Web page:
I know David Simon, of the Simon family, who owns the Indiana Pacers. In fact, I bought the General Motors Building over there from them. I questioned him about why he had hired Bird as a coach, when a lot of people thought he was crazy for doing it. He told me, “Donald, Bird is a winner.” That was enough.


Q: How did you feel about the threat by Commissioner David Stern to use replacement players if the union’s players refused to agree to terms?

A: If the NBA would bring in replacement players, even though everybody knows they are not going to be as good, I think that will be the straw that would break the camel’s back. The union’s players would capitulate. You might have a far smaller audience, and they’d have lower ratings, but they’d be playing for far less money, so it all equates. They’d probably be making more money than they would after paying these guys all this money.

This is in the realm of fair negotiation. And David Stern understands this. He’s a smart guy. He’s got automatic business talent. He’s a very formidable foe.


Q: Have any players asked your advice on investments?

A: Some. I’ve seen a lot of them lose money because they’ve gone into these harebrained ventures with these fast talkers who just take their money away like taking candy from a baby. I’ve recommended that some of the players see various groups on Wall Street for investments. There was one player who made a lot of money who was going to invest a huge amount in a fast-food franchise thing. I told him, “Look, if you make that investment I will never speak to you again. You will lose all of your money. The chances of that business failing are much greater than of succeeding.” That was four years ago. Recently that company announced it was filing for Chapter 11 bankruptcy. The investors lost every penny. So the player called me and said, “You saved me my money.” Some of these schemes don’t just stop with the initial investment. They want more and more. That’s what happens. They get you and then they say, “Put up a little more.” And before you know it your pockets are empty, and they aren’t filled again.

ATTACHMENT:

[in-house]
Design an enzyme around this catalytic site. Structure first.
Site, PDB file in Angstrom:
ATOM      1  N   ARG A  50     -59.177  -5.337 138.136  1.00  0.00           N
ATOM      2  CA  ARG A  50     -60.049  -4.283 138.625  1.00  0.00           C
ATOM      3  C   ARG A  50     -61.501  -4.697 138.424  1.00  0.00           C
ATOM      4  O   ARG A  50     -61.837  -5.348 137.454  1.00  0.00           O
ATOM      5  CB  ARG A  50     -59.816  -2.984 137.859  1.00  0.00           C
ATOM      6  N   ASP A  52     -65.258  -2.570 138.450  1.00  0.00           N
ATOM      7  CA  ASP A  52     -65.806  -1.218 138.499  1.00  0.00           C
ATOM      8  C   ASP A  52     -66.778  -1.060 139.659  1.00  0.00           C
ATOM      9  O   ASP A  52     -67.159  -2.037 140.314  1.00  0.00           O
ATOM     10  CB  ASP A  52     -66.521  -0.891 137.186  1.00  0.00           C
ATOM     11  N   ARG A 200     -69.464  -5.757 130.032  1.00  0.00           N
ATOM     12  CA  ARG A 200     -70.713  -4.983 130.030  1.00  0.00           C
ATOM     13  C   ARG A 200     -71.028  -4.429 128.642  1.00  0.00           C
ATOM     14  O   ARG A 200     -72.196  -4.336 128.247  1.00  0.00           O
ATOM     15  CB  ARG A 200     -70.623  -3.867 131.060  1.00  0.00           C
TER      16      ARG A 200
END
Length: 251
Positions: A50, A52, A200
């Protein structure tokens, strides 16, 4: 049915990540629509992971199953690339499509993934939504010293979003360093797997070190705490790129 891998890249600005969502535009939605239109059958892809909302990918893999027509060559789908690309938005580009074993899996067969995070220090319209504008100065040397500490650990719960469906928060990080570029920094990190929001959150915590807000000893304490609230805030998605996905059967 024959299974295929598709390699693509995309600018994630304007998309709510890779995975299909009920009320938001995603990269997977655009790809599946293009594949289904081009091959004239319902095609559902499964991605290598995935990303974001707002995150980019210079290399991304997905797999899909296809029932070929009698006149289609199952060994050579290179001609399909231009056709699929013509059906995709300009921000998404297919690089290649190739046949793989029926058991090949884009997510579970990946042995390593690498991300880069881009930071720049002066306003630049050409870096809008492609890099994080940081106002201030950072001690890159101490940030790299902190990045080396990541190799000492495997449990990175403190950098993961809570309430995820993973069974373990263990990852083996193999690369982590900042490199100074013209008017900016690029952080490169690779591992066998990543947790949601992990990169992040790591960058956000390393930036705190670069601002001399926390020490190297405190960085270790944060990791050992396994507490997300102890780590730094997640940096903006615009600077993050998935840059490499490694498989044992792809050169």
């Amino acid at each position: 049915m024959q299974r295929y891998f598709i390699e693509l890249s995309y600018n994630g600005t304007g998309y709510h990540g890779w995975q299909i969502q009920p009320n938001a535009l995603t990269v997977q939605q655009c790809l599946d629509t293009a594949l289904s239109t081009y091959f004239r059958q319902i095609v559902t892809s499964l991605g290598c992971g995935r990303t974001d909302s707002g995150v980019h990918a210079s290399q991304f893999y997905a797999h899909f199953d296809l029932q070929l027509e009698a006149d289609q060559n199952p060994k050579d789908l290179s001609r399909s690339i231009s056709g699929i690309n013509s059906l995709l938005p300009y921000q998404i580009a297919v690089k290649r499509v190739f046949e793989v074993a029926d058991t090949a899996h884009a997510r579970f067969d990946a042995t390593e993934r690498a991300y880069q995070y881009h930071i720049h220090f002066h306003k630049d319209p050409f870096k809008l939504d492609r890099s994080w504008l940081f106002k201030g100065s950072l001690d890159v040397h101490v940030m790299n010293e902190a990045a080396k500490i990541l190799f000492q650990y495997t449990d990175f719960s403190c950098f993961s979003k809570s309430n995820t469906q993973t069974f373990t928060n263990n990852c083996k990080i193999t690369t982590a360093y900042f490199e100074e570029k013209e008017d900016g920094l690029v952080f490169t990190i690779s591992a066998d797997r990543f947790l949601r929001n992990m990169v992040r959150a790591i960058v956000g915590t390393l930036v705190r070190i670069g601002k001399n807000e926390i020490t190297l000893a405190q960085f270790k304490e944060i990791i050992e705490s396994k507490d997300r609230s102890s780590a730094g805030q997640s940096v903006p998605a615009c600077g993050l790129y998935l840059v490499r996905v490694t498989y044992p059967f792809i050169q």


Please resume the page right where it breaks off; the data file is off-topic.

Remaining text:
Q: Will the lockout have any lasting effect on interest in the game?

A: I think people got angry at the players, and to a lesser extent the owners. I think they feel the players are making so much money, why whine about it? But it’s a terrific game and it’ll bounce back. It’s like baseball. People were angry at the players and owners, and then along comes McGwire and Sosa and suddenly baseball’s back.


Q: Did you ever play basketball?

A: I played baseball. And I play golf—I’m a five handicap, even though I don’t have a lot of time to play. And I played football. I played a little basketball, but I never liked basketball as much as a player. It was not my best sport. I figured basketball is a jumping sport, and I didn’t like to jump.